Cycling and walking are promoted as means of transportation which can contribute to the reduction of traffic pollution in urban areas. However, cyclists and pedestrians may be exposed to high concentrations of air pollutants due to their proximity to vehicle emissions. Commercial face mask respirators are widely used, in both developing and developed countries, as an individual protective measure against particle pollution. However scientific data on the efficacy of face mask respirators in reducing airborne particle exposure is limited. In this study, a custom experimental set-up was developed in order to measure the effectiveness of nine different respirators under real environmental conditions in terms of particle mass concentration below 2.5 μm (PM2.5), particle number concentration (PNC), Lung Deposited Surface Area (LDSA) and Black Carbon concentration (BC). Face mask performances were assessed in a typical traffic affected urban background environment in the city of Barcelona under three different simulated breathing rates to investigate the influence of flow rate. Results showed a median face mask effectiveness for PM2.5 equal to 48% in a range of 14-96%, 19% in a range of 6%-61% for BC concentration, 19% in a range of 4%-63% for PNC and 22% in a range of 5%-65% for LDSA. For each pollutant under investigation, the best performance was found always with the same mask (N7) although it is not the most expensive (in a range of price of 1 to 44, its cost was 20 euros), which has a filter on the entire surface except for the 2 exhalation valves where air cannot enter but just exit and shows a good fit on the dummy head.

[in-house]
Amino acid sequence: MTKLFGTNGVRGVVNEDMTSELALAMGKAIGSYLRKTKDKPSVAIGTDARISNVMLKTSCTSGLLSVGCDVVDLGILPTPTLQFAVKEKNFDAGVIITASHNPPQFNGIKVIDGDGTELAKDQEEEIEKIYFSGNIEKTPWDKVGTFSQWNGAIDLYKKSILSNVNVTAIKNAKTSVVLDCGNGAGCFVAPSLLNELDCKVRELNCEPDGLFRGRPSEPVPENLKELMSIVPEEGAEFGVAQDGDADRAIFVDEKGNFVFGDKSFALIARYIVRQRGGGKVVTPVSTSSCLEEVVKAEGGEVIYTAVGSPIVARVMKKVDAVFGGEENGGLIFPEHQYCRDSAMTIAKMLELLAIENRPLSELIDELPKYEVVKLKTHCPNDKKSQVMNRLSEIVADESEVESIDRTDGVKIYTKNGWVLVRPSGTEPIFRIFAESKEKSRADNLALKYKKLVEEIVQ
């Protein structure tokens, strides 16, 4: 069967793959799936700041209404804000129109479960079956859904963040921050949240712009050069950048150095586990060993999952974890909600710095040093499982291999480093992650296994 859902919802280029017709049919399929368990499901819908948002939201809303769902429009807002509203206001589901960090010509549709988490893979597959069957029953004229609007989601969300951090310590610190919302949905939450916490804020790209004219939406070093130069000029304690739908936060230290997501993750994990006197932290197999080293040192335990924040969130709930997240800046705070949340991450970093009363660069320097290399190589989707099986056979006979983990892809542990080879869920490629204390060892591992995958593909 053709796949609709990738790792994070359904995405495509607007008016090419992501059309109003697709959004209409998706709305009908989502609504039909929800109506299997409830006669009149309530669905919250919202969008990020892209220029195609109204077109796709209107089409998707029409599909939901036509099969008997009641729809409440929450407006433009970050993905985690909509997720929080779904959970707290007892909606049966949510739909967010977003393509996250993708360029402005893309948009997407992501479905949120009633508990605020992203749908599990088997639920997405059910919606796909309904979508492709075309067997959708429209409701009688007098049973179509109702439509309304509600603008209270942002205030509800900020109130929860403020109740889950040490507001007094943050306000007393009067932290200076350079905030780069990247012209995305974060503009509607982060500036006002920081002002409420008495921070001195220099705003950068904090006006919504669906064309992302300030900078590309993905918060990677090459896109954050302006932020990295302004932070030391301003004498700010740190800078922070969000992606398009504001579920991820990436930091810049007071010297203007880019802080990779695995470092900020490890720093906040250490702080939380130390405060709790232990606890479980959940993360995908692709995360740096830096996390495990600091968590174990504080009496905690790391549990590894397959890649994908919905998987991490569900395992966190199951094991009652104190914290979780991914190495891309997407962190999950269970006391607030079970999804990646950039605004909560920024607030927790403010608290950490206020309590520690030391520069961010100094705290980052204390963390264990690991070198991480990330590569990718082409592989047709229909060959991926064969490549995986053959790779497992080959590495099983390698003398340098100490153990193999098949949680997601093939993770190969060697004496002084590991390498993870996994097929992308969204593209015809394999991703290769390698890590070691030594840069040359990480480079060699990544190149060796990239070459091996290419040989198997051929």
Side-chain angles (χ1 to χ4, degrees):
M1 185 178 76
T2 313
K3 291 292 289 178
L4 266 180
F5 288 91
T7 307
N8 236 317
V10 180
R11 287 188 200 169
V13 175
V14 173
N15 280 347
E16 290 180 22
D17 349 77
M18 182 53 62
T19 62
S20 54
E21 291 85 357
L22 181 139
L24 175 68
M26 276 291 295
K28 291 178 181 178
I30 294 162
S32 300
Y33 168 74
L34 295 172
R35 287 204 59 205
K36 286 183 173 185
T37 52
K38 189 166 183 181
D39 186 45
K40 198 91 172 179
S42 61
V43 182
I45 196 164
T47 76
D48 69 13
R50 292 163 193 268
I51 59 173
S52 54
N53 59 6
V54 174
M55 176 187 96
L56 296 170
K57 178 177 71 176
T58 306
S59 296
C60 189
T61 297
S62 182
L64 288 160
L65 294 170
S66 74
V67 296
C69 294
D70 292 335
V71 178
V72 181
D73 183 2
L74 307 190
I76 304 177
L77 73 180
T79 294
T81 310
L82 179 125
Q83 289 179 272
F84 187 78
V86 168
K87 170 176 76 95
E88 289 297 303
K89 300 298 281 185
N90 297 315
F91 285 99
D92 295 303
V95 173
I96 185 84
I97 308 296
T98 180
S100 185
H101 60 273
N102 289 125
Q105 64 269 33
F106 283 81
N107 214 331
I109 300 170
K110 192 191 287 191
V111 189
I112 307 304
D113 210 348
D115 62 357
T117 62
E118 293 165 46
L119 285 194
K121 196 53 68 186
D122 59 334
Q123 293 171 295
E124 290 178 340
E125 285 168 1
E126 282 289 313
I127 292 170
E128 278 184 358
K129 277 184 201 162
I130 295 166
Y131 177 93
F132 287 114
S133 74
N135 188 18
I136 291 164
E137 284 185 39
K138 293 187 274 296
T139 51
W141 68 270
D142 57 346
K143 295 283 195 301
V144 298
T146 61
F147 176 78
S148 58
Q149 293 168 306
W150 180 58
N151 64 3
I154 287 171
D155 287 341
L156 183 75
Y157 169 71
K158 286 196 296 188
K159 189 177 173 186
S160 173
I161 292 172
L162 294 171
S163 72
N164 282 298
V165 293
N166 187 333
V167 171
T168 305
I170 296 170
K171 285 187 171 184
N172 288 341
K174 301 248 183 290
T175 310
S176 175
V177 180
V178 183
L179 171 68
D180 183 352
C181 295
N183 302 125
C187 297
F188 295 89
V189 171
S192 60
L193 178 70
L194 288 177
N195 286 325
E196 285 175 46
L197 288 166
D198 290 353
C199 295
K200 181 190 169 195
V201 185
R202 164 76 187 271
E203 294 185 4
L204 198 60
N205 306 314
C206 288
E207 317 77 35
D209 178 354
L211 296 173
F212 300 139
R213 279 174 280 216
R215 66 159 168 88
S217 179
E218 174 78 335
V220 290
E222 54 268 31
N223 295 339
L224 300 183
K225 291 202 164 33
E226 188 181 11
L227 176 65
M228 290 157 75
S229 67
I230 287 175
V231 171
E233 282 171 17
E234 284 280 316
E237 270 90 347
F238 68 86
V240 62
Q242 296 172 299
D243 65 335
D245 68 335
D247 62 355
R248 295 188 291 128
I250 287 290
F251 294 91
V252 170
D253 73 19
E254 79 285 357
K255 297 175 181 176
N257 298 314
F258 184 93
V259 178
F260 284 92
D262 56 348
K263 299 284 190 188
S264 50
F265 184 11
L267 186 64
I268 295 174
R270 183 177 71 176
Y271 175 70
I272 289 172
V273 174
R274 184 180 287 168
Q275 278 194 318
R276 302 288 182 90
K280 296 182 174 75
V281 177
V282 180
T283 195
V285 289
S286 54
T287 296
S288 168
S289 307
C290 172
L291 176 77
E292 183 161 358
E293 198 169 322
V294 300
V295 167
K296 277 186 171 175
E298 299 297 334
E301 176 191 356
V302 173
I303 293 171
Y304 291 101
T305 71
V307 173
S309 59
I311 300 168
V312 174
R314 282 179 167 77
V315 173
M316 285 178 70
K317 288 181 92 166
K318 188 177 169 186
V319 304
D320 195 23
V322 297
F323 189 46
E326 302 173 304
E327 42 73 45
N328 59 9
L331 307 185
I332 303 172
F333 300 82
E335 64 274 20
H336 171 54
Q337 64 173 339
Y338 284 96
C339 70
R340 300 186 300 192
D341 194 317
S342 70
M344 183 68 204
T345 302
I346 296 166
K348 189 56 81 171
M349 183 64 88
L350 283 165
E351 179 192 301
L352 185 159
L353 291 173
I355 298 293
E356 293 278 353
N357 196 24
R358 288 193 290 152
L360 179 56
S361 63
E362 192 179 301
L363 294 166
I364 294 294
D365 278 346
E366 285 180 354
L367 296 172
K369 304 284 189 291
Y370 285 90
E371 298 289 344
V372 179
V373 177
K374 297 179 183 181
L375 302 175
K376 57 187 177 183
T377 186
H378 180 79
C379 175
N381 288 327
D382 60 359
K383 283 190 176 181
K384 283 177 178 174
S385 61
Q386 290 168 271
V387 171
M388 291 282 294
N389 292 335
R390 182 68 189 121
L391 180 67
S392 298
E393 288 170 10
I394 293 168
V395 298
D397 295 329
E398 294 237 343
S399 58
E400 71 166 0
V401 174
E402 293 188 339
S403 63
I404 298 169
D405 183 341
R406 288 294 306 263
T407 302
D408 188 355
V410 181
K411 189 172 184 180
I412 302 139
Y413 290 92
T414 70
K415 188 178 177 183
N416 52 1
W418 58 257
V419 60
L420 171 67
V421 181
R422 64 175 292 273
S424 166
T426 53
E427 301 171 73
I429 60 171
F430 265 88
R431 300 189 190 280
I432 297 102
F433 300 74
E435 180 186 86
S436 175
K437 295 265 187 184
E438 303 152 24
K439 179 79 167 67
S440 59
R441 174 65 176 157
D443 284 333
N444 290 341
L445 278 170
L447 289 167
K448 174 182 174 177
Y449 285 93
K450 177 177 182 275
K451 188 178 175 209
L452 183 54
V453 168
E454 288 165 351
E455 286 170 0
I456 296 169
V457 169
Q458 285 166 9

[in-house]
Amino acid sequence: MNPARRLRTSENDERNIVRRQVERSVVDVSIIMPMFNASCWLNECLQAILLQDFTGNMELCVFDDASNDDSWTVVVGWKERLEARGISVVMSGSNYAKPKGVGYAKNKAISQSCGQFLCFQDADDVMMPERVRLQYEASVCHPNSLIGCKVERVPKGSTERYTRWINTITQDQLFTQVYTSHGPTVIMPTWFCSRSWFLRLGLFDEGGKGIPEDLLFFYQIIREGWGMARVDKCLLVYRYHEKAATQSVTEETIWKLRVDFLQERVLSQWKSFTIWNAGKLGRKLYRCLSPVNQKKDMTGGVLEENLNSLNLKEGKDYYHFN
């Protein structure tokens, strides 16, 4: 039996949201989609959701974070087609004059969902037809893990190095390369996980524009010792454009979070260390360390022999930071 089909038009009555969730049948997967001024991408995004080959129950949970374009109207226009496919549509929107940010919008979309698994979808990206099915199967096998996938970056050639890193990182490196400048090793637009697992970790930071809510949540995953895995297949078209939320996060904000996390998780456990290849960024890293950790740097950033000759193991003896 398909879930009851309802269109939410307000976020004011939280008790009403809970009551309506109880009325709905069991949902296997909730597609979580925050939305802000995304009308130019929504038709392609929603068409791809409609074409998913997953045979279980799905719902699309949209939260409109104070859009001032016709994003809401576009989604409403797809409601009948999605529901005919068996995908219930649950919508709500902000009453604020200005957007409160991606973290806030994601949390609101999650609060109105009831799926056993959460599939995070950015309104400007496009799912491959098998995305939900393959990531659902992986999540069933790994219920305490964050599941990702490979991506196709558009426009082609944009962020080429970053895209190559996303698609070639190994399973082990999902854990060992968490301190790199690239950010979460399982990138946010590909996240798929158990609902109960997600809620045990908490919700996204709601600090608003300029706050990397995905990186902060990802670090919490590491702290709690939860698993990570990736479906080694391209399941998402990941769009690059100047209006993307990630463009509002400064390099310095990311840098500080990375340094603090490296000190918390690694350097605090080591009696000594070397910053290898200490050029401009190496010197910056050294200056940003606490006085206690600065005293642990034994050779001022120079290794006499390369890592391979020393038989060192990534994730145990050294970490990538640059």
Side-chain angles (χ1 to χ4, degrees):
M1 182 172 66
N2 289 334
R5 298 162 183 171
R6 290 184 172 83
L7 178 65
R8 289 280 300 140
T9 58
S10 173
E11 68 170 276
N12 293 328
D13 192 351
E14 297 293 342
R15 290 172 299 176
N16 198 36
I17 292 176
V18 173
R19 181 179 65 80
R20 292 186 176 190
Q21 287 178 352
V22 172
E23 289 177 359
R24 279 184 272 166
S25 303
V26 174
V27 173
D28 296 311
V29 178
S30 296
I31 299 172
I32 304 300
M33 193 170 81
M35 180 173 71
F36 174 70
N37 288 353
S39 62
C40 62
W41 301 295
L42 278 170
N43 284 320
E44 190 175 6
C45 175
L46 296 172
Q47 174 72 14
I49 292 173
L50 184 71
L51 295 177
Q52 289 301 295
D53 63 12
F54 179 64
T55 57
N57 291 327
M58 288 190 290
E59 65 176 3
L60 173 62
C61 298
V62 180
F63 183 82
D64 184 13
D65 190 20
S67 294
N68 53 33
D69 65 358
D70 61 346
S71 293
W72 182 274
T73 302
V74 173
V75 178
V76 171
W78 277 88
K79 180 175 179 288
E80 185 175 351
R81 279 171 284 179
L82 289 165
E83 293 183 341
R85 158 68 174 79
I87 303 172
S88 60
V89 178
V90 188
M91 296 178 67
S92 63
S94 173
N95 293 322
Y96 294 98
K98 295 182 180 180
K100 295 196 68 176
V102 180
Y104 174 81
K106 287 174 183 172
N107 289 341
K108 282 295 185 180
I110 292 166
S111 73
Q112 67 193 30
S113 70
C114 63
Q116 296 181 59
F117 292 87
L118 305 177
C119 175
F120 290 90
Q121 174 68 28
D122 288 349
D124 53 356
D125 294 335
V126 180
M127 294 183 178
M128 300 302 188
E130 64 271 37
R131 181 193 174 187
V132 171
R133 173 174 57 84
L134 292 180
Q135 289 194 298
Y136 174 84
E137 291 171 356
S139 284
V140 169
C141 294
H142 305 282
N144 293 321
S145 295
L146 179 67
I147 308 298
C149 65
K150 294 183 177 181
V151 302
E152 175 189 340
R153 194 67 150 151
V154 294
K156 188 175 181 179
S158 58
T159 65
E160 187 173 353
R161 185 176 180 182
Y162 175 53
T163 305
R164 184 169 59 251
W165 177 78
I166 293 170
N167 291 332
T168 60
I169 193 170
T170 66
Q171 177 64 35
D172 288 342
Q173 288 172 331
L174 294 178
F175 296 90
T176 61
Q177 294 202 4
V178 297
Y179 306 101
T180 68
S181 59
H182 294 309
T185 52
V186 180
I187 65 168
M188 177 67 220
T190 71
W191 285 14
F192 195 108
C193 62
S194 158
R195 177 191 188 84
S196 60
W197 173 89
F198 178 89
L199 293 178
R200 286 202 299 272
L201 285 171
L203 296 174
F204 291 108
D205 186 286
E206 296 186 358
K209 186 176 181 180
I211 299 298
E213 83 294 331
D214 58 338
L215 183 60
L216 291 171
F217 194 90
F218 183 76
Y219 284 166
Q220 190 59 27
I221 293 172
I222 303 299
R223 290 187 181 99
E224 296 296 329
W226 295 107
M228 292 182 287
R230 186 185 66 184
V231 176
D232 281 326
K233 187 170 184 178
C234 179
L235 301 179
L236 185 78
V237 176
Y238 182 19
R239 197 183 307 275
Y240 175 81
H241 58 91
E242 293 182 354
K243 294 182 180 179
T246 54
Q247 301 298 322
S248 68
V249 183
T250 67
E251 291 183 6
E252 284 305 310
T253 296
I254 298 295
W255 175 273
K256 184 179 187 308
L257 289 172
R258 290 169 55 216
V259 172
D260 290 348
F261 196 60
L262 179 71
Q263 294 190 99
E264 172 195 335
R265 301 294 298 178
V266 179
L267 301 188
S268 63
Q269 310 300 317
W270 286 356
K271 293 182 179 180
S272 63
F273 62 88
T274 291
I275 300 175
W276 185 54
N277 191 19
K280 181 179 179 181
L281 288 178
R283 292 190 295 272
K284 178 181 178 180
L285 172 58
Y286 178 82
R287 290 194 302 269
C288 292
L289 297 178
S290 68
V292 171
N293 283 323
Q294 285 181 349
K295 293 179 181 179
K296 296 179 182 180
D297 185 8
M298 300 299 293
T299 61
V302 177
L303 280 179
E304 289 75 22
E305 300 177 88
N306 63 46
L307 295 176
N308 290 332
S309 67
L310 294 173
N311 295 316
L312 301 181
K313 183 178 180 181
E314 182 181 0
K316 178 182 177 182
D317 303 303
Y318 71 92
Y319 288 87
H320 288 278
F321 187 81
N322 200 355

Keywords: Black carbon; Commuters exposure; Cyclist's exposure protection; Lung deposited surface area; Personal protective equipment; Ultrafine particles.
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